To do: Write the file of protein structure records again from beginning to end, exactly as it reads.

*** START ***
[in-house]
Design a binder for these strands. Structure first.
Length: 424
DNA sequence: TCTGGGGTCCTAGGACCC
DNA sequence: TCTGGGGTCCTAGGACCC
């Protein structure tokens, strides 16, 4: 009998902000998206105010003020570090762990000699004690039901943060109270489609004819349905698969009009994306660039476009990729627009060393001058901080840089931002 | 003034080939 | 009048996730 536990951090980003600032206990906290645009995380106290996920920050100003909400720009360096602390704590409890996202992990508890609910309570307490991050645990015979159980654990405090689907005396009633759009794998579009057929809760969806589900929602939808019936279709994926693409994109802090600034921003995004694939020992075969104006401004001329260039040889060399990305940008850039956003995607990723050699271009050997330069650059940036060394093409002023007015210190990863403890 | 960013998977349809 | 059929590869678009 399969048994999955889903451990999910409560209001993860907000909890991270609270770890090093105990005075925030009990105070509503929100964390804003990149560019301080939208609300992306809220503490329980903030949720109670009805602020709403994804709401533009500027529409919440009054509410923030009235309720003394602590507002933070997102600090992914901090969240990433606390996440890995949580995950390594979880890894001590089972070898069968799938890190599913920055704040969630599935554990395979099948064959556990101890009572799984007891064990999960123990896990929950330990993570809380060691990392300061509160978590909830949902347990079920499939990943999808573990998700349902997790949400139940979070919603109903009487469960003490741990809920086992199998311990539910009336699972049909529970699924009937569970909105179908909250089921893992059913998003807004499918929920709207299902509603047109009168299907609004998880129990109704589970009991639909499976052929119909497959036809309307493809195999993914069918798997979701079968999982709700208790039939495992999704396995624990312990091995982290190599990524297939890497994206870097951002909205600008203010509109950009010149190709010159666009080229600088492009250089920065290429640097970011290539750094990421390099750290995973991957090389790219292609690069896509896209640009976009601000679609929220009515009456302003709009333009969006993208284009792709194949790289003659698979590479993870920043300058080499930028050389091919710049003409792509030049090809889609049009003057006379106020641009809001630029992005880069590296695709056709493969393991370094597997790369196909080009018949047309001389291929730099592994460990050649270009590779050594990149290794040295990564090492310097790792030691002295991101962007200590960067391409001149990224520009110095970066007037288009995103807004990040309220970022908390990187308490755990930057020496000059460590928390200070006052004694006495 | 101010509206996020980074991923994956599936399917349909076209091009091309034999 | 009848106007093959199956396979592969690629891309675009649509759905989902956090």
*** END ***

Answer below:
[in-house]
Design a binder for these strands. Structure first.
Length: 424
DNA sequence: TCTGGGGTCCTAGGACCC
DNA sequence: TCTGGGGTCCTAGGACCC
């Protein structure tokens, strides 16, 4: 009998902000998206105010003020570090762990000699004690039901943060109270489609004819349905698969009009994306660039476009990729627009060393001058901080840089931002 | 003034080939 | 009048996730 536990951090980003600032206990906290645009995380106290996920920050100003909400720009360096602390704590409890996202992990508890609910309570307490991050645990015979159980654990405090689907005396009633759009794998579009057929809760969806589900929602939808019936279709994926693409994109802090600034921003995004694939020992075969104006401004001329260039040889060399990305940008850039956003995607990723050699271009050997330069650059940036060394093409002023007015210190990863403890 | 960013998977349809 | 059929590869678009 399969048994999955889903451990999910409560209001993860907000909890991270609270770890090093105990005075925030009990105070509503929100964390804003990149560019301080939208609300992306809220503490329980903030949720109670009805602020709403994804709401533009500027529409919440009054509410923030009235309720003394602590507002933070997102600090992914901090969240990433606390996440890995949580995950390594979880890894001590089972070898069968799938890190599913920055704040969630599935554990395979099948064959556990101890009572799984007891064990999960123990896990929950330990993570809380060691990392300061509160978590909830949902347990079920499939990943999808573990998700349902997790949400139940979070919603109903009487469960003490741990809920086992199998311990539910009336699972049909529970699924009937569970909105179908909250089921893992059913998003807004499918929920709207299902509603047109009168299907609004998880129990109704589970009991639909499976052929119909497959036809309307493809195999993914069918798997979701079968999982709700208790039939495992999704396995624990312990091995982290190599990524297939890497994206870097951002909205600008203010509109950009010149190709010159666009080229600088492009250089920065290429640097970011290539750094990421390099750290995973991957090389790219292609690069896509896209640009976009601000679609929220009515009456302003709009333009969006993208284009792709194949790289003659698979590479993870920043300058080499930028050389091919710049003409792509030049090809889609049009003057006379106020641009809001630029992005880069590296695709056709493969393991370094597997790369196909080009018949047309001389291929730099592994460990050649270009590779050594990149290794040295990564090492310097790792030691002295991101962007200590960067391409001149990224520009110095970066007037288009995103807004990040309220970022908390990187308490755990930057020496000059460590928390200070006052004694006495 | 101010509206996020980074991923994956599936399917349909076209091009091309034999 | 009848106007093959199956396979592969690629891309675009649509759905989902956090």